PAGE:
10. 10. <ul><li>Assuming that the miser knows an upper bound U for the block duration. </li></ul><ul><li>Strategy : pick up the cheapest node situated within roughly U/2 distance from its current location on the way back to the source, to spend the block time there. </li></ul><ul><li>This way the overall cost of the trip is minimized. </li></ul>
  11. 11. <ul><li>The concept behind the algorithm is that if the miser has to spend some time en route on the way to the destination due to block, it is better to do this using the cheapest itinerary. </li></ul><ul><li>This minimises the overall cost of trip </li></ul>
  12. 12. <ul><li>In order to explain this algorithm in detail we need the following definition: </li></ul><ul><li>Simple round trip itinerary : </li></ul><ul><ul><li>A simple round trip itinerary between the two nodes j, k Є R is an itinerary that is a concatenation of a shortest, possibly empty, itinerary that goes from node j to node k, possibly empty finite itinerary that uses only the (k, k) fictitious links, and the shortest, possibly empty, itinerary that goes from node k to node j. </li></ul></ul>
  13. 13. <ul><li>Suppose a block occurs at node vb Є R on the link leading towards destination the algorithm works in stages . </li></ul><ul><li>At stage j Є (1,logubase2)the miser chooses node v*j Є R reachable from vb with in t<=2^(j-1) such that w(i) should be minimal . </li></ul><ul><li>Then the miser follows this minimal weight simple round trip itinerary for stage. </li></ul><ul><li>In order to gain a logarithmic factor, the miser spends exponentially increasing periods of time away from the block node </li></ul>
  14. 14. <ul><li>After each such period the miser goes back to the blocked link and checks whether the block is lifted. </li></ul><ul><li>If the block is lifted then the miser goes through, other wise it proceeds to phase j+1. </li></ul>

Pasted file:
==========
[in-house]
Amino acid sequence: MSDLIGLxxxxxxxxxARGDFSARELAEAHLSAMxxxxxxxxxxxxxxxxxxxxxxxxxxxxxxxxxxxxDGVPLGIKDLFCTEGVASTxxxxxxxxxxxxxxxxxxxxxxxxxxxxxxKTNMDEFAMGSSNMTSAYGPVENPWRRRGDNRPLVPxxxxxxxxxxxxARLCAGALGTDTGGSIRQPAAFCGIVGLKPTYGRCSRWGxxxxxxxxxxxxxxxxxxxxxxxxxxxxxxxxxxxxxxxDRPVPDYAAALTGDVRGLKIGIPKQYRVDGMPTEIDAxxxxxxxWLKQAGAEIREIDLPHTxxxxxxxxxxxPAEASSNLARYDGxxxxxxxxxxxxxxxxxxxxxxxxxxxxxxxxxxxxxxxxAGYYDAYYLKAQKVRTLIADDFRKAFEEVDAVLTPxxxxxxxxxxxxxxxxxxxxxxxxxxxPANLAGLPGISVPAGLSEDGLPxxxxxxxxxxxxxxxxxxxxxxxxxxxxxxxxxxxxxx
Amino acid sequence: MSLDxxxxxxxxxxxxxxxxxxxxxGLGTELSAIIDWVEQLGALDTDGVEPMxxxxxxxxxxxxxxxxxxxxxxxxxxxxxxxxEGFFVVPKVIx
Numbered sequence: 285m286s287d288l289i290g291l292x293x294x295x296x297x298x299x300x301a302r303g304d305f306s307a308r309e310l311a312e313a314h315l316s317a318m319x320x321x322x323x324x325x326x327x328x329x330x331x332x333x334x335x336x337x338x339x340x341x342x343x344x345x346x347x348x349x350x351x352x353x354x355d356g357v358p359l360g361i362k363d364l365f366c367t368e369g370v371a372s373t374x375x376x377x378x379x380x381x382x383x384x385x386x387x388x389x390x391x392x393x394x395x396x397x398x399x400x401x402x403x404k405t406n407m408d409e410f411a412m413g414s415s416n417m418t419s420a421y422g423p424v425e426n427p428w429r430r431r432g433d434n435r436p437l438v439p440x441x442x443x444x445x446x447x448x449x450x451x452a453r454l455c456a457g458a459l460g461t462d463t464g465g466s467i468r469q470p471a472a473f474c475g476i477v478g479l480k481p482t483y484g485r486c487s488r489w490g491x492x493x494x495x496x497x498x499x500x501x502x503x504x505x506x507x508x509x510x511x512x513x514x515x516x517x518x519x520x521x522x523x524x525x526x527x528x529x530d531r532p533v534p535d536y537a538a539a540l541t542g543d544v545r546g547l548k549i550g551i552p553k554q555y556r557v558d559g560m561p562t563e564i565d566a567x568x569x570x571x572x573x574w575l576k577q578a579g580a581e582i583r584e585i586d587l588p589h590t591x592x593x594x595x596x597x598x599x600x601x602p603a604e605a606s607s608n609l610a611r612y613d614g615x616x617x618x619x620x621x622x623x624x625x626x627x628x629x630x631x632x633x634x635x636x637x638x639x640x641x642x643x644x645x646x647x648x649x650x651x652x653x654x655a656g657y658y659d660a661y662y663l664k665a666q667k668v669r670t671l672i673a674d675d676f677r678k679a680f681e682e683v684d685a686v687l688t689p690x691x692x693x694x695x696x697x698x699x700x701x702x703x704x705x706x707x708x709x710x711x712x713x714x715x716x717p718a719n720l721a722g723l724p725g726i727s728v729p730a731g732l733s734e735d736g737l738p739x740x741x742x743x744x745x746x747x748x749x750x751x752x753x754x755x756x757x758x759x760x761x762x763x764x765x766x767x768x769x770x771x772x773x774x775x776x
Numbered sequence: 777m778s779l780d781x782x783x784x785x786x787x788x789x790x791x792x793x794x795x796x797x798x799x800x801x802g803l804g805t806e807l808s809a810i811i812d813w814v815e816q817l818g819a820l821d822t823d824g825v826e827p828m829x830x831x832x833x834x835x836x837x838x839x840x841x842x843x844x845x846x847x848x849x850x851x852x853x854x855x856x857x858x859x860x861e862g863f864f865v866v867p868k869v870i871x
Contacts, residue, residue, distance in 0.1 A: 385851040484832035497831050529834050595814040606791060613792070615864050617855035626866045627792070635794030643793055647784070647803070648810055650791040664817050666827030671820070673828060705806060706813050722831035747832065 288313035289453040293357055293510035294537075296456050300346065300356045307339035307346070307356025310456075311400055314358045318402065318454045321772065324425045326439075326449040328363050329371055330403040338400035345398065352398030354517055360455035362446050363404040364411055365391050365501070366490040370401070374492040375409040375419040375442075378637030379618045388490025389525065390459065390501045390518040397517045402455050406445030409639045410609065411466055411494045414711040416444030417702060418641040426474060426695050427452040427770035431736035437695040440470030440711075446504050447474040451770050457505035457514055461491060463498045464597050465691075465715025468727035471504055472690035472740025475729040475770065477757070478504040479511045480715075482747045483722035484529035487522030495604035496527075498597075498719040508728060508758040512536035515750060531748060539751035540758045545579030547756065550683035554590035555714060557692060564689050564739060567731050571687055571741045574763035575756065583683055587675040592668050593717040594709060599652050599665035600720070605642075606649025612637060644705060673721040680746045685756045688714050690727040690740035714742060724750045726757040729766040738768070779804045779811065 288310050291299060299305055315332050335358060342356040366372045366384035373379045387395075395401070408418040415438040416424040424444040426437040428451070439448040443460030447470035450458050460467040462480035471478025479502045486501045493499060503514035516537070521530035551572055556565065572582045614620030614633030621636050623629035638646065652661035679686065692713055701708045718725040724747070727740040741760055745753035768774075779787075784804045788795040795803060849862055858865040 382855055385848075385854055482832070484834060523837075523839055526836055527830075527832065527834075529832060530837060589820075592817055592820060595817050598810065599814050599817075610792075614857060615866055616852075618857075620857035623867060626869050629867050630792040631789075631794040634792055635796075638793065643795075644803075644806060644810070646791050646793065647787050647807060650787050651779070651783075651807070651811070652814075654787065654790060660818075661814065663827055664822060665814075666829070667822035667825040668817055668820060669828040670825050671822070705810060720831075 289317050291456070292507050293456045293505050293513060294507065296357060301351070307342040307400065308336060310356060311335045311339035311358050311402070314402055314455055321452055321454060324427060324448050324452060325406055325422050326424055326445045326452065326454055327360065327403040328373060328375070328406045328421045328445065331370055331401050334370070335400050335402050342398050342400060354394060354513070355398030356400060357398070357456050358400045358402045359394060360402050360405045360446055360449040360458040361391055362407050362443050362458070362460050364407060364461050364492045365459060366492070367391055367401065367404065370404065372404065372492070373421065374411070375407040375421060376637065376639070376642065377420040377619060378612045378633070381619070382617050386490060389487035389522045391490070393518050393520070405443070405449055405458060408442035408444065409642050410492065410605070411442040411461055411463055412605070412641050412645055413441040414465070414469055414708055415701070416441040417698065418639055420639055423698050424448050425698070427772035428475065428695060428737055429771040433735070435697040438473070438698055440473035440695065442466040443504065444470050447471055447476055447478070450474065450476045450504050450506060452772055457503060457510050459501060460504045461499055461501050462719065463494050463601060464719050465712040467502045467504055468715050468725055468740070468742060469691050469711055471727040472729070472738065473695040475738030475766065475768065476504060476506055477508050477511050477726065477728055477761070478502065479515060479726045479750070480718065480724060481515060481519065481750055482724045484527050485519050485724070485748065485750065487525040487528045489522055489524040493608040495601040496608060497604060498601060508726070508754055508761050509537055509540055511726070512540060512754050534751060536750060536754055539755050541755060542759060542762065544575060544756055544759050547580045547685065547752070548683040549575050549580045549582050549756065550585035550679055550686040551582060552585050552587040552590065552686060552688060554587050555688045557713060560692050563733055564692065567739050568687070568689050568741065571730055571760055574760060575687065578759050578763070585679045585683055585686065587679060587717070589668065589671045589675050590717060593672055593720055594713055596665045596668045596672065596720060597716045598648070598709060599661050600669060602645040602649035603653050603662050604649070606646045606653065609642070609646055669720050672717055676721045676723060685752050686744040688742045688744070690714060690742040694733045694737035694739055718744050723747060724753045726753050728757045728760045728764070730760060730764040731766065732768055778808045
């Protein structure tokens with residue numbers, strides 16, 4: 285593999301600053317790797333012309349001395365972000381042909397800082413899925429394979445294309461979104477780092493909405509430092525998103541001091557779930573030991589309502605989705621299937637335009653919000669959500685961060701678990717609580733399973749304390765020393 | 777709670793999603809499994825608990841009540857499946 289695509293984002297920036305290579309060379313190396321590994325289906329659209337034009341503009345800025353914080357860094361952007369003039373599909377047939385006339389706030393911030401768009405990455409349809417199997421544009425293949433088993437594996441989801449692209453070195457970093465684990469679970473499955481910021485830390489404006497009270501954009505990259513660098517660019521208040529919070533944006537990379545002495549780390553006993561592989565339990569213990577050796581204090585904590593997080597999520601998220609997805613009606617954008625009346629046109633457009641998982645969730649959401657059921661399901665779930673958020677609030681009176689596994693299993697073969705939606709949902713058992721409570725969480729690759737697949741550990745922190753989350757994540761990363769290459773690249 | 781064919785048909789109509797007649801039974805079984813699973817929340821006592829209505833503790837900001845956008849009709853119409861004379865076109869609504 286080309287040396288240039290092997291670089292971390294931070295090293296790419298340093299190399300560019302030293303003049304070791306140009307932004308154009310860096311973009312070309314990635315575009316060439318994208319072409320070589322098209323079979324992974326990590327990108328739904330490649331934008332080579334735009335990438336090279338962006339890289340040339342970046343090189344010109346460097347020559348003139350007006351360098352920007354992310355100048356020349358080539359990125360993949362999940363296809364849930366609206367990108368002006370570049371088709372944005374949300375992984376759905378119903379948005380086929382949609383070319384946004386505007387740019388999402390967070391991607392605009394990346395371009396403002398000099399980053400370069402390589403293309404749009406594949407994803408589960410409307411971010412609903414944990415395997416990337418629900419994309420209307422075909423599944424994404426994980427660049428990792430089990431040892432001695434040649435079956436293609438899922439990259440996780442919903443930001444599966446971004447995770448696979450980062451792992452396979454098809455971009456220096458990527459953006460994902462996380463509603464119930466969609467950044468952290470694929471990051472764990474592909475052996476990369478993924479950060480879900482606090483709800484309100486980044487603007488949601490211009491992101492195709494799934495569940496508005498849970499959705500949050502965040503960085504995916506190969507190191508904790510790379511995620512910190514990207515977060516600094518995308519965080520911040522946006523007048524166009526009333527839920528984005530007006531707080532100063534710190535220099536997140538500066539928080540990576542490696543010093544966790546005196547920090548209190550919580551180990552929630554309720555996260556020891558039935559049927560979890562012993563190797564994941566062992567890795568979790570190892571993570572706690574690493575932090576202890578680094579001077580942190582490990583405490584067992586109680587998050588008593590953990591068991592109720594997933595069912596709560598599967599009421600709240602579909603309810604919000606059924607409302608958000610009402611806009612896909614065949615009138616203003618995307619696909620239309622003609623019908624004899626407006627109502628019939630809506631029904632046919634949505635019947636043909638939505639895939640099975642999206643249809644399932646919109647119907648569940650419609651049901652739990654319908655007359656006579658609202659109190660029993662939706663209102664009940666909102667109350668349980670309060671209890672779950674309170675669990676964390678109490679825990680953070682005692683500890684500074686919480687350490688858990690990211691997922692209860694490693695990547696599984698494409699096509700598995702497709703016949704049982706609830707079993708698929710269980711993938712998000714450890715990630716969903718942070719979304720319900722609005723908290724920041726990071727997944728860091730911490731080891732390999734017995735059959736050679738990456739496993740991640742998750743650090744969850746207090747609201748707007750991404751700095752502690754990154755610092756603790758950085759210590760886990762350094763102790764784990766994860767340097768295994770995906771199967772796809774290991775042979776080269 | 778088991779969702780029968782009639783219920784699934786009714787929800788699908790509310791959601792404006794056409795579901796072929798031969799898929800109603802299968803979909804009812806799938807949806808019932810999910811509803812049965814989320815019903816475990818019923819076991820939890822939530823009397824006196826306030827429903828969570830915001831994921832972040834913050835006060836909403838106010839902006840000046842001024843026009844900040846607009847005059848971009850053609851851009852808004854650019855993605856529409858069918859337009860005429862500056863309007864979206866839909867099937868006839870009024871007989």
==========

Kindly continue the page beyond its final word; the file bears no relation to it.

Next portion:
15. 15. Algorithm <ul><li>1. START </li></ul><ul><li>2.while next link is not congestion proceed to next hop. </li></ul><ul><li>3.If next link is congested then </li></ul><ul><li>3.1: for each phase j Є (1,logBbase2) find a node v*j that is reachable from vb with in t<=2^j-1, so that v*j yields the minimum weight round trip itinerary. </li></ul>
  16. 16. <ul><li>4. If by the end of the phase j no congestion is abate proceed to phase j+1. </li></ul><ul><li>5.Else </li></ul><ul><li>6.Proceed towards destination </li></ul><ul><li>7.STOP </li></ul>
  17. 17. OFF-LINE PROBLEM <ul><li>In off-line problem we assume that the input includes the values of link weight functions along the path for any given instance of time. </li></ul><ul><li>The offline problem is of interest for advanced planning. </li></ul><ul><li>e.g: </li></ul><ul><li>The traffic that is generated in the regular hours of the day. </li></ul>
  18. 18. <ul><li>The off-line algorithm is based on the following concatenation property of the optimal time-dependent paths. </li></ul><ul><li>Time dependent path concatenation property : </li></ul><ul><li>Every sub itinerary of an optimal itinerary is also optimal. </li></ul>
  19. 20. THANK ‘Q’